Notes & Reviews:
Anton Brucker died before he was able to complete the final fourth movement of his Ninth Symphony, and in the years since then the work has become accepted in its three movement form, ending with his bittersweet "Farewell to Life" Adagio. However, in recent years scholars have gradually built an argument for an epic finale which incorporates and eclipses all of the previous movements, closing the work with a triumphant, transcendent brass chorale.
Sir Simon Rattle conducts the Berlin Philharmonic Orchestra in this exciting new recording featuring the 2011 revision by Samale/Mazzuca/Phillips/Cohrs (SMPC) - arguably the most comprehensive and accurate. In what is regarded as the definitive form of the Ninth Symphony, this is the first recording of a new revision of the SMPC Complete Performance Version which proposes a way to realize Bruckner's intention of combining themes from all four movements, based on more than 600 bars of incomplete autograph score, sketches and drafts.
Recently Sir Simon Rattle and the Berlin Philharmonic gave the American premiere of the score at Carnegie Hall on February 24, 2012. The New York Times praised the premiere: "It was fascinating to hear this monumental symphony performed with [its new] final movement. After a quizzical opening and a strong statement of the main theme there are stretches of fitful counterpoint, brass chorales and ruminative passages that take you by surprise. Overall the music pulses with a hard-wrought insistence that crests with a hallelujah coda."
"The lustre of the Berlin Philharmonic’s horns and strings is marvellous to behold; phrasing often is velvet-smooth. Whatever the mood, Rattle’s players deliver with passion...At the same time, Rattle’s love of high drama may be indulged a fraction too much...Rattle conducts with missionary zeal, as if he believes in every note. And so he should." -The Times
The Arts Desk
Rattle is less interventionist than one might expect and surer of the work's structure. Bruckner's harmonies were never so daring as they were here - the scream of pain in the Adagio really terrifies...But the effect [the finale] has on one's perception of the earlier movements is harder to come to terms with. This is essential listening, though -the Berlin brass are stunning in the last few minutes.
Rattle and the Berlin Philharmonic played it for the first time in February, and this recording is taken from those performances. Whether you like Rattle's approach or not - and sometimes, in the first movement especially, he pushes the music forward rather than letting it fill its natural space - the result seems authentic.
While there is undeniable logicality in the endless climbing repetitions and the echoes of the vaunting Wagnerian touches from the first movement, the added movement does tend to detract from the particularly fine treatment of the third movement Adagio.
The lustre of the Berlin Philharmonic's horns and strings is marvellous to behold; phrasing often is velvet-smooth. Whatever the mood, Rattle's players deliver with passion...At the same time, Rattle's love of high drama may be indulged a fraction too much...Rattle conducts with missionary zeal, as if he believes in every note. And so he should.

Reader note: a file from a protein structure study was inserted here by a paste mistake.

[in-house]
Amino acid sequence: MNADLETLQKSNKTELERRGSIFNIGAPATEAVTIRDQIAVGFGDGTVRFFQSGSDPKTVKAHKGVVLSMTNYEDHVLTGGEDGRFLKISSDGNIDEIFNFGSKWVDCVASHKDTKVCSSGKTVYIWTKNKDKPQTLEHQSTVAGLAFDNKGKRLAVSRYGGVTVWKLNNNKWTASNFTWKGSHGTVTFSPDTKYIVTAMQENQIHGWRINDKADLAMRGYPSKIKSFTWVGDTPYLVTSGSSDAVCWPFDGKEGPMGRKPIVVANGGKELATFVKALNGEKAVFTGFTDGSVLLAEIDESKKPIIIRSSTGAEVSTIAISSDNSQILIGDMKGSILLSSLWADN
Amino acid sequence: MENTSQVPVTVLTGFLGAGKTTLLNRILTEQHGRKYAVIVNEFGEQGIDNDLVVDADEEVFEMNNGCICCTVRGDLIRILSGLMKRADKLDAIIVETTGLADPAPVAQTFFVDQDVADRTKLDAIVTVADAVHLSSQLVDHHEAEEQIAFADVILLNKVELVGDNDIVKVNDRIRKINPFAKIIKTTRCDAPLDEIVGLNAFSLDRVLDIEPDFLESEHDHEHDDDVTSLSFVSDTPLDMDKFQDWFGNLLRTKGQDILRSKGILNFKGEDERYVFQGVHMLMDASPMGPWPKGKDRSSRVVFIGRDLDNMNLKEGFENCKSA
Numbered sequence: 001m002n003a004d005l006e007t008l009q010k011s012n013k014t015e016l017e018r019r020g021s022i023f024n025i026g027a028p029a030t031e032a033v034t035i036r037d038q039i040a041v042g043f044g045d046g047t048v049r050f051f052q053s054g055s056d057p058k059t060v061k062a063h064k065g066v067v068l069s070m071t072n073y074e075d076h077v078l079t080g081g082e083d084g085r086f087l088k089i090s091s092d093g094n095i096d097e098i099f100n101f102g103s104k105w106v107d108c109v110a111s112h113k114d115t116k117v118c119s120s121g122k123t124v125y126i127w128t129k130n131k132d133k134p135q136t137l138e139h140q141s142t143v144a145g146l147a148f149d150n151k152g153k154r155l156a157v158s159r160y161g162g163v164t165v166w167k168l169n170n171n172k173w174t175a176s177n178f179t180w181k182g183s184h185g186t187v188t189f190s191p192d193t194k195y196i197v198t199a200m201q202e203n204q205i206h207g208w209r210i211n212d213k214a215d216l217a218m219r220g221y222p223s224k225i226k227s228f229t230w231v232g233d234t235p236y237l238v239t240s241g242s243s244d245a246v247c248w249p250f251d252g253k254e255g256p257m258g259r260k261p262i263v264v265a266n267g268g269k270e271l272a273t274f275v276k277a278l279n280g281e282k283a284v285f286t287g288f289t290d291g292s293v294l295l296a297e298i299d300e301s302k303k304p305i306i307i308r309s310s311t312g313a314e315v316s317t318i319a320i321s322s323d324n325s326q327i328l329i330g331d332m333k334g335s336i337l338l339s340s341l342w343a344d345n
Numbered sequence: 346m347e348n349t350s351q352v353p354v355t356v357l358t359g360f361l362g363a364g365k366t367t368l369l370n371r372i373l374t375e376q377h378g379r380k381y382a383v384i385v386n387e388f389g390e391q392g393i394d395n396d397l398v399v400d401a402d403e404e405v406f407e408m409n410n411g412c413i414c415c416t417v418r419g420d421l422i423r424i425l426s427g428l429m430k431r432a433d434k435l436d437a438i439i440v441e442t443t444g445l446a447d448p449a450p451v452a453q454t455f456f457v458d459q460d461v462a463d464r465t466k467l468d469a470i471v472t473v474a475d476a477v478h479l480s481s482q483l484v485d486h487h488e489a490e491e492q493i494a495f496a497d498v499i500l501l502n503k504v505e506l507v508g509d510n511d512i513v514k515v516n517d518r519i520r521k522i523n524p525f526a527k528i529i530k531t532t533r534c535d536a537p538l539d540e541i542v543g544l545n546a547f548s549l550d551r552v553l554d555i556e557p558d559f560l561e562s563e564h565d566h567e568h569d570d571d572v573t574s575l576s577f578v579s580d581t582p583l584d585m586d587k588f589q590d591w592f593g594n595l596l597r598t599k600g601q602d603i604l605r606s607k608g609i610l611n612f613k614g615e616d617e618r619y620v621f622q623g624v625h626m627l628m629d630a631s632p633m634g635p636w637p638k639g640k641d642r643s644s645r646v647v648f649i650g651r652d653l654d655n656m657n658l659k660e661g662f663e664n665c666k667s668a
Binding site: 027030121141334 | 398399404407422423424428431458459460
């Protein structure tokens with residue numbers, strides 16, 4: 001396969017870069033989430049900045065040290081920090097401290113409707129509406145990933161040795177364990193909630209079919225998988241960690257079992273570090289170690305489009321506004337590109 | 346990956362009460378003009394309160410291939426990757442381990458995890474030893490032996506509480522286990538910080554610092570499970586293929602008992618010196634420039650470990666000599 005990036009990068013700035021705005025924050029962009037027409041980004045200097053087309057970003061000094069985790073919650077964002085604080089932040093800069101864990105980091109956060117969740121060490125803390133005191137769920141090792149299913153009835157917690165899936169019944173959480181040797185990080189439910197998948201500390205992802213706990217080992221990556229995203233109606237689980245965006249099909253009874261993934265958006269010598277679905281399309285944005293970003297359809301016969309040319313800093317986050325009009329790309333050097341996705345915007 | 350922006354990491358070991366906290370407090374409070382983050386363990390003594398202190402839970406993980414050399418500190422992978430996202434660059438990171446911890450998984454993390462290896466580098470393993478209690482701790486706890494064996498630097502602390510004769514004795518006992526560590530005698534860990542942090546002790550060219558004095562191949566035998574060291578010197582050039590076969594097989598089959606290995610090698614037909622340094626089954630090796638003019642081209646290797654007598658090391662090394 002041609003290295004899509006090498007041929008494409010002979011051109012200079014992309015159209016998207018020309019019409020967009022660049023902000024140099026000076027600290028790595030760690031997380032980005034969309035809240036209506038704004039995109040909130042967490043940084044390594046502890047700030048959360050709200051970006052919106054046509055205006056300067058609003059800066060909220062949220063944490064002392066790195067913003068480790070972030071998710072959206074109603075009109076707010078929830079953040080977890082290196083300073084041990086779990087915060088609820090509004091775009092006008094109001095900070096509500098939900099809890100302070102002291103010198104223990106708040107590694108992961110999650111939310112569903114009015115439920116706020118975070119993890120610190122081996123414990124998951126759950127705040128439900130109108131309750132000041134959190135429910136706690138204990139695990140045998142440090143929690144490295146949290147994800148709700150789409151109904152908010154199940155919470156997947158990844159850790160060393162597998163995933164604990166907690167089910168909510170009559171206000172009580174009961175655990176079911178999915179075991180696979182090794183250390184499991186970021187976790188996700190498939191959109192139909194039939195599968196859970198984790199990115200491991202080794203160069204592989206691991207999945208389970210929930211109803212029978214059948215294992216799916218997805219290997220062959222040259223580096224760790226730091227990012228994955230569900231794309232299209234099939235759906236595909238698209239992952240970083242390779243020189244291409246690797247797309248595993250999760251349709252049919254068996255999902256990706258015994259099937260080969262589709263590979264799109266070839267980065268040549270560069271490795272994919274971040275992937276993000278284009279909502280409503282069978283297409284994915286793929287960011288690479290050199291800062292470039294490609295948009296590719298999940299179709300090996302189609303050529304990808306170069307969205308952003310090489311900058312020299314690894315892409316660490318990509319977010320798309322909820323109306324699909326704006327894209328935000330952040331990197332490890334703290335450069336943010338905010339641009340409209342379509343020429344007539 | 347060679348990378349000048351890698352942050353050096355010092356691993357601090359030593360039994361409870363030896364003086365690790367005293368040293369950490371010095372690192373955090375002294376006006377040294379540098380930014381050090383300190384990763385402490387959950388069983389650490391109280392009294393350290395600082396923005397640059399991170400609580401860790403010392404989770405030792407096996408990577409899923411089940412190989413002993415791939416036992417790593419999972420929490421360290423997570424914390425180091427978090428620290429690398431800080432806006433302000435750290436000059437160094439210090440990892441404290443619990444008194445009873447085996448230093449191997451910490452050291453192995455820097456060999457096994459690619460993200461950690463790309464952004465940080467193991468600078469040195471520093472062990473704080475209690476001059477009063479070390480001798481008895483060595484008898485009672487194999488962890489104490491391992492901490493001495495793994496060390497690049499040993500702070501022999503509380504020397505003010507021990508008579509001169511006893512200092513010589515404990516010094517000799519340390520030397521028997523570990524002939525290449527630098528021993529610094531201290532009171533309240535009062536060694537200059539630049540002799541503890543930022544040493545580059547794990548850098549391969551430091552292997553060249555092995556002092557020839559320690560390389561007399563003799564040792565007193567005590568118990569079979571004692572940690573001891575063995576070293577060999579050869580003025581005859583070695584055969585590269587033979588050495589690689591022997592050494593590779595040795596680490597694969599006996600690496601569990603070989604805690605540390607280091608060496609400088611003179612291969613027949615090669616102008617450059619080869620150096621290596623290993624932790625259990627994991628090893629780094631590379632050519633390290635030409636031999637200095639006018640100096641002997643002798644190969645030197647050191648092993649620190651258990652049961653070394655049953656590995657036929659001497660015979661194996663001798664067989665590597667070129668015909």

International Record Review, June 2012
In 82-minute work complete with a final movement of sufficiently convincing Brucknerian symphonic argument, sound and scale. In short, a revelation...Lingering doubts from earlier Brucknerian encounters with Rattle are swept away...Finer advocacy and a more transforming experience from these live performances are difficult to imagine.
bbc.co.uk, 10th July 2012
The performance as a whole is utterly compelling. Rattle fully engages with the gripping drama of Bruckner's music...The climax is thrillingly majestic - the truly triumphant ending that Bruckner wanted. Rattle proves emphatically that there should be no more excuses for depriving the work of its resounding finale.
Gramophone Magazine, August 2012
Rattle's performance is consistently involving. The vast arches and sudden climate changes in the Adagio third movement are particularly well handled...I can't think of many recent releases that are more musically important than this. If you love Bruckner's Ninth, you have a duty to hear it; and if you don't as yet know it and learn it from Rattle's recording, then you're in a very privileged position.
BBC Music Magazine, September 2012
Rattle assuredly paces the music's long paragraphs and musters a sense of the monumental...[His] interpretation...encompasses the full gamut of emotions from tenderness and nostalgia to some amazingly apocalyptic climaxes.
American Record Guide, March / April 2013
This movement works with a lean sonority and it works with a rich sonority. He's rather strict in tempos and uses a wide dynamic and tonal range. I hear many lovely moments. The music itself is endlessly interesting. The finale here is even more impressive than in the Wildner performance. In both performances, the finale "fits" very well with the first three movements, and the four scholars who worked so hard through so many editions to bring this movement to the listening public have every right to be proud.
Recording information: Philharmonie, Berlin (02/07/2012-02/09/2012).
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Works DetailsBruckner, Anton : Symphony no 9 in D minor, WAB 109
- Conductor: Simon Rattle
- Ensemble: Berlin Philharmonic Orchestra
- Notes: Philharmonie, Berlin (02/07/2012-02/09/2012)
- Running Time: 58 min. 48 sec.
- Period Time: Romantic
- Form: Orchestral
- Written: 1887-1896
- Studio/Live: Live